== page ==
“They took him aside and explained to him the way of God more accurately.” Wow, so little drama. Taking him aside meant two things – they recognized the need not only to instruct, but also to protect his honor among those whom he had been teaching. Also, they saw that his lack of knowledge was not a character flaw – someone had relayed to him an incomplete picture, and probably because they themselves had been given an incomplete understanding. It happens. At its core, this story is about treating each other like brothers and sisters, about those who actually have a MORE COMPLETE understanding stepping in to gently instruct those whose understanding is LESS COMPLETE. This is not what happens on social media, where most correction is public, brutal, and given by those who actually know very little yet look for every opportunity to look like experts by being the sheriff of that one bit of information. On social media, people treat an incomplete understanding as though it is a character flaw! As though knowledge is what we worship, instead of a relational God who is teaching and enabling us to be His image-bearers, and was even willing to send His one unique Son to die on the Cross to make it happen.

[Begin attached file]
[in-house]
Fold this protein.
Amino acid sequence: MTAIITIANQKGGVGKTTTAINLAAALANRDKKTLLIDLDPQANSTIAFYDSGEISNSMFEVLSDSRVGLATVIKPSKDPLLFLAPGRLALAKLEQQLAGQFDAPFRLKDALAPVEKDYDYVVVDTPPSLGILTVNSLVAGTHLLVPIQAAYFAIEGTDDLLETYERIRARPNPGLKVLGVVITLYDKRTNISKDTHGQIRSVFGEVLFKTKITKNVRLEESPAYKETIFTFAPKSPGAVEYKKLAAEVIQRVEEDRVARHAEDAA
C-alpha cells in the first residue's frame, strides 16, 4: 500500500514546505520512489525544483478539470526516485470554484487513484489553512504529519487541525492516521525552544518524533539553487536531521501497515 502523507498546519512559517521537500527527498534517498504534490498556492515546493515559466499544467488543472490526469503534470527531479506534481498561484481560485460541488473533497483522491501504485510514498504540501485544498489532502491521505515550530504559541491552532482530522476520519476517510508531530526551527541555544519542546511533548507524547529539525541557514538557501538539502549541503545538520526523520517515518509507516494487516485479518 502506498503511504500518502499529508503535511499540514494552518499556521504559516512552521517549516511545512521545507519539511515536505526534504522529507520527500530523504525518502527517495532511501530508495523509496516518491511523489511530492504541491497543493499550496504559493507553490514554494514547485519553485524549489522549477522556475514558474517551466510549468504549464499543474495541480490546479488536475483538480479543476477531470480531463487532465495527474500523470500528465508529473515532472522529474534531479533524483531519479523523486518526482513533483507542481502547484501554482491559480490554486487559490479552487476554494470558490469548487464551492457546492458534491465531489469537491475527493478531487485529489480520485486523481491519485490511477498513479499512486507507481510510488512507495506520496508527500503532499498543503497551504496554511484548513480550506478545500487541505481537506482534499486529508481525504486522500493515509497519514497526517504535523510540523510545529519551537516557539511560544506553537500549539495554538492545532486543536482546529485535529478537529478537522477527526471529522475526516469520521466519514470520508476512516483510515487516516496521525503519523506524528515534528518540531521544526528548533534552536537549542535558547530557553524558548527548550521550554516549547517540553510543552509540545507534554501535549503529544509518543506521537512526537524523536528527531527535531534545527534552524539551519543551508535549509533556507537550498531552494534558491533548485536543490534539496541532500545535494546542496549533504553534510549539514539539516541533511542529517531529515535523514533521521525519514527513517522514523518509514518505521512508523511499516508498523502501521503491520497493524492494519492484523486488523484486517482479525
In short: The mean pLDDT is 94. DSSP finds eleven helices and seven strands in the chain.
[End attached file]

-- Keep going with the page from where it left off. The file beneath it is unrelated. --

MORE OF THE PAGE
Priscilla and Aquila were Jewish believers – they grew up with the milk of Torah and evidently had the maturity to stomach the meat of the weightier matters as well. They were mature believers, eminently qualified to teach both from the standpoint of knowledge and maturity of fruit. They modeled for us the proper way to correct – not tearing one another down publicly over genuine lapses in understanding, but guarding the reputation of the one being corrected, instructing in such a way as to not become stumbling blocks to a brother whom God has called, and with the goal of having their brother be able to be more, and not less, able to minister afterward. If they had handled the situation in our modern social media way, the incident would have resulted in an angry schism within the crowd, some following after Apollos and some going after Priscilla and Aquila. Apollos, by the ancient ways of honor and shame culture, would have had to fire back insults in order to undermine their character, in an attempt to get his standing before the crowd back. Instead of building God’s Kingdom together, they would have divided it into two separate camps. We see people trying to do this very thing in I Cor 1 – but Apollos, Peter, and Paul were having none of it!